I always write few positive affirmations. ‘I got this’, ‘I’m brave’, ‘I’m happy’. I write these every single day. You may choose different affirmations or not use them at all, but affirmations are an incredible ways to increase your confidence and help you overcome negative or self-sabotaging thoughts.
Five Things I’m Grateful For
The simple act of gratitude proved to improve happiness, positivity and reduce stress, so this is a no-brainer to include as a part of your daily journaling.
It doesn’t always have to be huge life events that you’re grateful for. In fact, acknowledging the small, daily events can be just as helpful as being grateful for something huge like good health. Some days I may write that I’m grateful that the day was sunny and my washing dried or that I slept really well the night before.
Finding gratitude and appreciating the little things in life focuses your attention on those events you may otherwise take for granted. This will ultimately help to create a mental balance and to avoid focusing on the negative aspects of life, leading to a happier and more stress-free existence.
These are those big, hairy, almost scary dreams that you have for yourself. You can write them in list or dot point form if you’re running short on time or if you just want to jot down where you are in your journey. If however, you want to refocus and really emphasize that dream, write down how you’ll feel when you get there, how you’re feeling about it now.
Your current goals are different to those big scary, hairy dreams. They’re what you’re working on right now, planning to get done in the next 6/12/18 months.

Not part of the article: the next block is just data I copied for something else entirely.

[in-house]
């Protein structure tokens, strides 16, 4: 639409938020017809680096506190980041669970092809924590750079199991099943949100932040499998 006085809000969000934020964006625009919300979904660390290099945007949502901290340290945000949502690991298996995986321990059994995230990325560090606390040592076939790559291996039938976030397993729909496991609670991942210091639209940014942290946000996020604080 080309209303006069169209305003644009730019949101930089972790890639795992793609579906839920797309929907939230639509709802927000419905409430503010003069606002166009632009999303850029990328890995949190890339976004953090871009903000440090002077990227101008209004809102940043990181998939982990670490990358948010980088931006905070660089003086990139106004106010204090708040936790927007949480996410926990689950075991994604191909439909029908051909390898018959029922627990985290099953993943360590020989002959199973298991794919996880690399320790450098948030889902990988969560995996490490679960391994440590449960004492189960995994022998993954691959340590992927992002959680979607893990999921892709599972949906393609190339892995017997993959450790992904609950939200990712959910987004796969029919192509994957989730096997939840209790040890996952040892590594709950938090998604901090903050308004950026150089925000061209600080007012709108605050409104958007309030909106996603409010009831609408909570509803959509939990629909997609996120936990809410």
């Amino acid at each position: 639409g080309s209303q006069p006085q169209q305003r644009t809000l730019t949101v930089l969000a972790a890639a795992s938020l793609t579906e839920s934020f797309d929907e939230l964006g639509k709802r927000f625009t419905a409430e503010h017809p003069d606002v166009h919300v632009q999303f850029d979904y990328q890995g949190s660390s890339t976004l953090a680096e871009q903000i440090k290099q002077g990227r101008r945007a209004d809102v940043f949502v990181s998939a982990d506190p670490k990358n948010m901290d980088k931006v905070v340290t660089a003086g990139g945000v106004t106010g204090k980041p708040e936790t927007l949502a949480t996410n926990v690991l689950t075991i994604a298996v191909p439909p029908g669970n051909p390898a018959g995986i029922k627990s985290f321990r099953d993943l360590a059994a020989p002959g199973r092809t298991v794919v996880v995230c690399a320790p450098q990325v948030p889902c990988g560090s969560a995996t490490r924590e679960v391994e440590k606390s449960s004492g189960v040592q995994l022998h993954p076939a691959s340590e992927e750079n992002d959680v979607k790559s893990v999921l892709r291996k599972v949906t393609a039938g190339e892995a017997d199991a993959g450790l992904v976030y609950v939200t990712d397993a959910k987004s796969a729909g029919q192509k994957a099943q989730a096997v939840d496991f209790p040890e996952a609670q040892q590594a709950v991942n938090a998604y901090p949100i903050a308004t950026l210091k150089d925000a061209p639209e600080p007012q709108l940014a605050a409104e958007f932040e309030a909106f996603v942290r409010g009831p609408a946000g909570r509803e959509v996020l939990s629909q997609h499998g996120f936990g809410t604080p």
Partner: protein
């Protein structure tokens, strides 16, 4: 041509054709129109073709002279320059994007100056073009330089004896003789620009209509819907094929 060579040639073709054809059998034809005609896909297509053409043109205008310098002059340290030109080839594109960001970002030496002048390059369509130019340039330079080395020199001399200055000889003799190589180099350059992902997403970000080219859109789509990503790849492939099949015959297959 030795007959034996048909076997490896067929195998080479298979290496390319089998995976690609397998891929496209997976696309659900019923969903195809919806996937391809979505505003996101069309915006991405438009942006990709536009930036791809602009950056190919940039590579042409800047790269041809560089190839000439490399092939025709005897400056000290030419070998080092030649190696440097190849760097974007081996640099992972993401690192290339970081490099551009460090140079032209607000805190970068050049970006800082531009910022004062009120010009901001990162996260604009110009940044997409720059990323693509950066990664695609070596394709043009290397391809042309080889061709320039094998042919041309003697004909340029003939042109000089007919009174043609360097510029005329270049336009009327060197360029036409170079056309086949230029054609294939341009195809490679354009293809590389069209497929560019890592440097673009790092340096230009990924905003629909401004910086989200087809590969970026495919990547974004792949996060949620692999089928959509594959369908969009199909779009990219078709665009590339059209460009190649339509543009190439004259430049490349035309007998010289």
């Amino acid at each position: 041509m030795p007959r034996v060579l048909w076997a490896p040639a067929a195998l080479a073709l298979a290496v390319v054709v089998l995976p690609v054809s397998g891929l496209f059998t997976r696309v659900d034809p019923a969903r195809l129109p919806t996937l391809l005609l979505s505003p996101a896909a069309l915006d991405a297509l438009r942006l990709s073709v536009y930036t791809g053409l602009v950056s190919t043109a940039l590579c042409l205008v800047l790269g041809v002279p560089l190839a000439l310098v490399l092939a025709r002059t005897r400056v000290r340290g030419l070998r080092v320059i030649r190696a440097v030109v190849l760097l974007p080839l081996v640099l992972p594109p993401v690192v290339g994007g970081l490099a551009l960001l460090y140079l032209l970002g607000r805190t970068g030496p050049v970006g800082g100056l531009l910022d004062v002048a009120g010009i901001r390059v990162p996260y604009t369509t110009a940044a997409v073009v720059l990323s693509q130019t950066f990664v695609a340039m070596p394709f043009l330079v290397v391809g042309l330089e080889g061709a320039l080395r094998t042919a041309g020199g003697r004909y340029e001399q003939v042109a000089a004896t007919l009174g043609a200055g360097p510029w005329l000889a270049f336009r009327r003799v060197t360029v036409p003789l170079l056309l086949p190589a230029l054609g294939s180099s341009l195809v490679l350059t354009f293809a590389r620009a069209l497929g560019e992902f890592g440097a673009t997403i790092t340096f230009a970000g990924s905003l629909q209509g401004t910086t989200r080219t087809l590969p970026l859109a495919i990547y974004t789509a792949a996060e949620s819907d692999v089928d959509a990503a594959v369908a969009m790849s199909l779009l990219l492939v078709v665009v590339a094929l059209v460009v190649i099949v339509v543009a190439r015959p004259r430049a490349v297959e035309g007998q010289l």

Always write these goals in the affirmative, ‘I am’ or ‘I have’ so it registers in your brain that it’s done and dusted, it’s completed. Again, consider how handwriting activates that cognitive function, how it stores your words in long term-memory.
Writing your goals in the affirmative every single day will ensure that your focus and attention is always on those objectives; will increase your confidence and ensure your emotions are geared positively towards them.
This is a statement that is just for you. It might be your vision or your purpose, but it’s something heartfelt and it’s not for anyone else. I write the same thing every day and it’s only 11 words, but it’s something I want to see and be reminded of every day.
WHEN TO JOURNAL?
As I mentioned earlier, I always journal first thing in the morning. I see it as a way to leave the day before behind me and to set my intention for the day ahead. By journaling in the morning, I also ensure I go into my day with gratitude and with my goals in mind, meaning my objectives and clearer and everything that I do that day will be with my goals in mind.
This may not work for you and there are many positives to journaling at other times of the day. Journaling at night means you can clear the day just gone and set your intentions for the next day. You’ll sleep well having reset yourself, meaning you’ll wake refreshed and rejuvenated.
Regardless of the time that you do it, the most important thing is that you don’t wait to start. Find yourself a piece or paper or a blank notebook and start journaling today.